More than 22 million people in the world’s largest economy have now filed for unemployment. The record high in America came as 5.2 million additional workers submitted their claims last week – and one expert says more is to come, even as President Trump has unveiled his plan to get the economy back up and running.
Goldman Sachs economist, Joseph Briggs warned we could see the figure doubling over the next few weeks. He said, “We expect that claims will remain very elevated in coming weeks as states struggle to clear backlogs and more companies lay off workers in response to the shutdown.
“Including this week, we currently project an additional 20 million in initial jobless claims through the end of May, after which we expect new claims to fall to levels consistent with prior recessions.”
The jobless claims have spiked as unemployment has spread across much of the economy. The retailer Best Buy has been forced to furlough 51,000 employees while professionals such as software developers and programmers are also being hit.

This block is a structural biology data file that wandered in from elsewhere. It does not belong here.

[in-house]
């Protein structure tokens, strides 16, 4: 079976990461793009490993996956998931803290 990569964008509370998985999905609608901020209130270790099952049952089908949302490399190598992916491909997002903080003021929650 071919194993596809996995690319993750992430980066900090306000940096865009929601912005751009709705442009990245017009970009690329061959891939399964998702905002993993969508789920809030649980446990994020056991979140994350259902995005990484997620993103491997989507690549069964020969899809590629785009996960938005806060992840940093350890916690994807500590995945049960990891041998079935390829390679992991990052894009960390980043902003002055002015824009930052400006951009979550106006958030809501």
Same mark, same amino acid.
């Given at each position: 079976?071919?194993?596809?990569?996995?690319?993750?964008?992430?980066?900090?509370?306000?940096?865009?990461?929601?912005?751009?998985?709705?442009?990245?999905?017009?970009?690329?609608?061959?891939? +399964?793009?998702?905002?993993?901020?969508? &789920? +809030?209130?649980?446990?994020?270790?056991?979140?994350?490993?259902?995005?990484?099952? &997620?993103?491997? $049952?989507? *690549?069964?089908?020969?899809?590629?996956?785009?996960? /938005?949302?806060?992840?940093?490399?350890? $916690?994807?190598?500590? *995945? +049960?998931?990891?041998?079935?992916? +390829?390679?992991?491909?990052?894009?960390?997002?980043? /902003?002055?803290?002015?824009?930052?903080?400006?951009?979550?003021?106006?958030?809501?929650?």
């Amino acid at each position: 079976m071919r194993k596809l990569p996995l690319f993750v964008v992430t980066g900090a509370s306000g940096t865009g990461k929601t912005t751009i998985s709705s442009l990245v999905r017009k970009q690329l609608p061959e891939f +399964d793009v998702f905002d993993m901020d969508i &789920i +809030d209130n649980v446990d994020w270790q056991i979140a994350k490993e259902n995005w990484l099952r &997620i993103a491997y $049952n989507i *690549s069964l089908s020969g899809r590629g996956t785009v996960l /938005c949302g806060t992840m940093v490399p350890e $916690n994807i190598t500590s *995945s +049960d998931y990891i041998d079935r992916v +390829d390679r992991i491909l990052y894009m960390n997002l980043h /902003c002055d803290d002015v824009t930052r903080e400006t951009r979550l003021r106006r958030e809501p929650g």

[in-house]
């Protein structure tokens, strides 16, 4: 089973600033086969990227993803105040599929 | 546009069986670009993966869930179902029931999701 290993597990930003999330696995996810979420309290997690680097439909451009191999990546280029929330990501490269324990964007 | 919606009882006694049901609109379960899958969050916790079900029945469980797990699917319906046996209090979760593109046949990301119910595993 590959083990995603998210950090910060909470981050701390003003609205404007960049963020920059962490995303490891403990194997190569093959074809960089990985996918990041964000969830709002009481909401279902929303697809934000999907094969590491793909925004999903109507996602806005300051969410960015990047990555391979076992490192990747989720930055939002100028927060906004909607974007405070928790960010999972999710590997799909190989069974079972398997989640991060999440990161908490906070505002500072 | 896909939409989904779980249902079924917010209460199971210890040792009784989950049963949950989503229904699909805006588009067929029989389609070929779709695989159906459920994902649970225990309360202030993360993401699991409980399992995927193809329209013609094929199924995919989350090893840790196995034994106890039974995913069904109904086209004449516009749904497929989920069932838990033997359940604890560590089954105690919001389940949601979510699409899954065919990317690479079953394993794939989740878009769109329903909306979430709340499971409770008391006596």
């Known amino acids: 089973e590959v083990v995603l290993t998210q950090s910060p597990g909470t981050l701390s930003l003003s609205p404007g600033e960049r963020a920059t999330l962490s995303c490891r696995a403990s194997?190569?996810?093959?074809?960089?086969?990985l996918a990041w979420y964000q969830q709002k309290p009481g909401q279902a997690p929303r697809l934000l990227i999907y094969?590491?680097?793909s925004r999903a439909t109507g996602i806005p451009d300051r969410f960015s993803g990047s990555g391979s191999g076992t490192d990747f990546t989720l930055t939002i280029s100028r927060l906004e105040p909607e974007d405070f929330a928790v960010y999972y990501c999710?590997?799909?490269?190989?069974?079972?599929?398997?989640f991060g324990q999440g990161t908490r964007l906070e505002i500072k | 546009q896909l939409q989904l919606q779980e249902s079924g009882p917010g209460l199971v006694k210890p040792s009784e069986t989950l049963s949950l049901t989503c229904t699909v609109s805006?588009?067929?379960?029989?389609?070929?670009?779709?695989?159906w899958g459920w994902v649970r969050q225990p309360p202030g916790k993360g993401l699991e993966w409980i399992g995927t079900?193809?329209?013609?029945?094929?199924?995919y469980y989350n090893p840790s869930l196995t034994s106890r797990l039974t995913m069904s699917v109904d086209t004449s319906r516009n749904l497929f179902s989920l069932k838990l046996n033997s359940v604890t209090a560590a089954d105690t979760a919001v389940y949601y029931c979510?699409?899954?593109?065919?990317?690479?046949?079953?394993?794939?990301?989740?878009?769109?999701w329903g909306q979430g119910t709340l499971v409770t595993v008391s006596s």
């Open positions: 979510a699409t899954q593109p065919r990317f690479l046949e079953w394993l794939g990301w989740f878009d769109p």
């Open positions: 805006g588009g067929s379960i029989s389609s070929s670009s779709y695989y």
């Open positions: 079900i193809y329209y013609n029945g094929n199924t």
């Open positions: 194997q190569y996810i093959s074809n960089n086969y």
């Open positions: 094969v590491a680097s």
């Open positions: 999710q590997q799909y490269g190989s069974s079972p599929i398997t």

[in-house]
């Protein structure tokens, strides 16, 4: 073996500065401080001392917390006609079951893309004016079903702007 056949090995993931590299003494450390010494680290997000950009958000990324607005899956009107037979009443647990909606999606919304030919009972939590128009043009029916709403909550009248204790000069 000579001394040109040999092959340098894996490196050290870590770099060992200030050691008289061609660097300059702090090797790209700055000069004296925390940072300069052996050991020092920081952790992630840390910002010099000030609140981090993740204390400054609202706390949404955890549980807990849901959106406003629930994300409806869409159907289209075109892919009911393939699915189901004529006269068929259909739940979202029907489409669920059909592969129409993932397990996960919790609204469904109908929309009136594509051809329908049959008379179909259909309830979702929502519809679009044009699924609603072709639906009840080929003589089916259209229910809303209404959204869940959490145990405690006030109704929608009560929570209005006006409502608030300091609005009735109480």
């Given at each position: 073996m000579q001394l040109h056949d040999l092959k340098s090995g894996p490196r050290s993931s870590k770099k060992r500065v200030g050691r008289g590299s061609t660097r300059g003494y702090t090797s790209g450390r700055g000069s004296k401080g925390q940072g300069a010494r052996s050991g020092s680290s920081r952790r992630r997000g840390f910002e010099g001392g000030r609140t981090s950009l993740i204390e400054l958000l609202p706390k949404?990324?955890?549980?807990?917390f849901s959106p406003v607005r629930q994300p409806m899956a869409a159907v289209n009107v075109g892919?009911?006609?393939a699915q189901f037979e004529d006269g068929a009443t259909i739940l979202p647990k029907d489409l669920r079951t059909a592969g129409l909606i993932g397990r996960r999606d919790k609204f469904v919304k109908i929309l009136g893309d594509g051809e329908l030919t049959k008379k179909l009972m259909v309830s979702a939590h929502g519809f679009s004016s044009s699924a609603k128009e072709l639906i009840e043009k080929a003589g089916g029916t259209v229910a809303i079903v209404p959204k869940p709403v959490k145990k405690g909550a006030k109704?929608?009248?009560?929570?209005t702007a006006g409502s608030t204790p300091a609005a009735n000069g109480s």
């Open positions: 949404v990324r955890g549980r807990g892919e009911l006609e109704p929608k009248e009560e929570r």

The International Monetary Fund has predicted a 5.9% contraction of the US economy for 2020, as factory output fell to 1946 levels and retail sales slumped 8.7% to disturbing lows in March.
President Trump has vowed to get the country back to work as soon as possible and is known to be eager to get the economy back on track, vowing to be the “comeback kid” after stating that the peak has passed.
These figures saw gold rally during trading yesterday (Thursday) at $1,725.90 an ounce. There is good news if you are looking to invest however as one expert says that jobless claims could have peaked – which would give markets some much needed confidence and could see gold receding a little, creating a timely window to buy.
CIBC Economics’ Andrew Grantham said there is good news hidden within the data, saying “the fact that continuing claims aren’t rising quite as quickly as previous initial claim figures would have implied [suggests] that at least some of the claims have been short-term in nature, and accounting for a likely drop in labour-force participation, we don’t expect the increase in unemployment rate to be quite as severe [as forecast]”.